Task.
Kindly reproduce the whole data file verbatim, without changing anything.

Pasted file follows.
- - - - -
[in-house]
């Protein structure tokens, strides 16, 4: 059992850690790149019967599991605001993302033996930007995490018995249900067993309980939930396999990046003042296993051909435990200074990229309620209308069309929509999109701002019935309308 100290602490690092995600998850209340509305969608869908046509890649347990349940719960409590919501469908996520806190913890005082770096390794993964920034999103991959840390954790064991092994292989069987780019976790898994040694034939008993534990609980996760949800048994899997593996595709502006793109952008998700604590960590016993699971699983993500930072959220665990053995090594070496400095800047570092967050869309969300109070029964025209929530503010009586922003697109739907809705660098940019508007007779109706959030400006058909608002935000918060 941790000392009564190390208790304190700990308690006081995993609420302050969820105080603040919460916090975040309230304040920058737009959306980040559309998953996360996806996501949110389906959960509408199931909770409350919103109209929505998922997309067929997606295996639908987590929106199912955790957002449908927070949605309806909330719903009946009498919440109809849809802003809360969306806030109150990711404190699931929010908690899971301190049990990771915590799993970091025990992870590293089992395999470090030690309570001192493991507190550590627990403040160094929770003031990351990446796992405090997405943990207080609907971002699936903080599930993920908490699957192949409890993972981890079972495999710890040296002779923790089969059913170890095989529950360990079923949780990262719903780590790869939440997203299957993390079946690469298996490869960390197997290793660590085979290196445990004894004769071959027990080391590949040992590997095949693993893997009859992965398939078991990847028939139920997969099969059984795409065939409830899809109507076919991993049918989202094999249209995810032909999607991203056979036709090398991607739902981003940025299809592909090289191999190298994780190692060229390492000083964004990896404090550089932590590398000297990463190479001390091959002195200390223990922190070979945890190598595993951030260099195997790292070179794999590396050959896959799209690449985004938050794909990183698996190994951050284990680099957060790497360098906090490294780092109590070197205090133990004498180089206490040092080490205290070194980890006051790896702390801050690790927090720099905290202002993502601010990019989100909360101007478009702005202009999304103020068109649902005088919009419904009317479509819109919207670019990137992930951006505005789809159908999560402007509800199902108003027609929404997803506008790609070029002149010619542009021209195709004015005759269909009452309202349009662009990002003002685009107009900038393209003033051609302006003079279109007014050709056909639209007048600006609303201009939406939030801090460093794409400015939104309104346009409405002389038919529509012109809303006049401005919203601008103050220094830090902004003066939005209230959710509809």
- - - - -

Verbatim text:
[in-house]
């Protein structure tokens, strides 16, 4: 059992850690790149019967599991605001993302033996930007995490018995249900067993309980939930396999990046003042296993051909435990200074990229309620209308069309929509999109701002019935309308 100290602490690092995600998850209340509305969608869908046509890649347990349940719960409590919501469908996520806190913890005082770096390794993964920034999103991959840390954790064991092994292989069987780019976790898994040694034939008993534990609980996760949800048994899997593996595709502006793109952008998700604590960590016993699971699983993500930072959220665990053995090594070496400095800047570092967050869309969300109070029964025209929530503010009586922003697109739907809705660098940019508007007779109706959030400006058909608002935000918060 941790000392009564190390208790304190700990308690006081995993609420302050969820105080603040919460916090975040309230304040920058737009959306980040559309998953996360996806996501949110389906959960509408199931909770409350919103109209929505998922997309067929997606295996639908987590929106199912955790957002449908927070949605309806909330719903009946009498919440109809849809802003809360969306806030109150990711404190699931929010908690899971301190049990990771915590799993970091025990992870590293089992395999470090030690309570001192493991507190550590627990403040160094929770003031990351990446796992405090997405943990207080609907971002699936903080599930993920908490699957192949409890993972981890079972495999710890040296002779923790089969059913170890095989529950360990079923949780990262719903780590790869939440997203299957993390079946690469298996490869960390197997290793660590085979290196445990004894004769071959027990080391590949040992590997095949693993893997009859992965398939078991990847028939139920997969099969059984795409065939409830899809109507076919991993049918989202094999249209995810032909999607991203056979036709090398991607739902981003940025299809592909090289191999190298994780190692060229390492000083964004990896404090550089932590590398000297990463190479001390091959002195200390223990922190070979945890190598595993951030260099195997790292070179794999590396050959896959799209690449985004938050794909990183698996190994951050284990680099957060790497360098906090490294780092109590070197205090133990004498180089206490040092080490205290070194980890006051790896702390801050690790927090720099905290202002993502601010990019989100909360101007478009702005202009999304103020068109649902005088919009419904009317479509819109919207670019990137992930951006505005789809159908999560402007509800199902108003027609929404997803506008790609070029002149010619542009021209195709004015005759269909009452309202349009662009990002003002685009107009900038393209003033051609302006003079279109007014050709056909639209007048600006609303201009939406939030801090460093794409400015939104309104346009409405002389038919529509012109809303006049401005919203601008103050220094830090902004003066939005209230959710509809």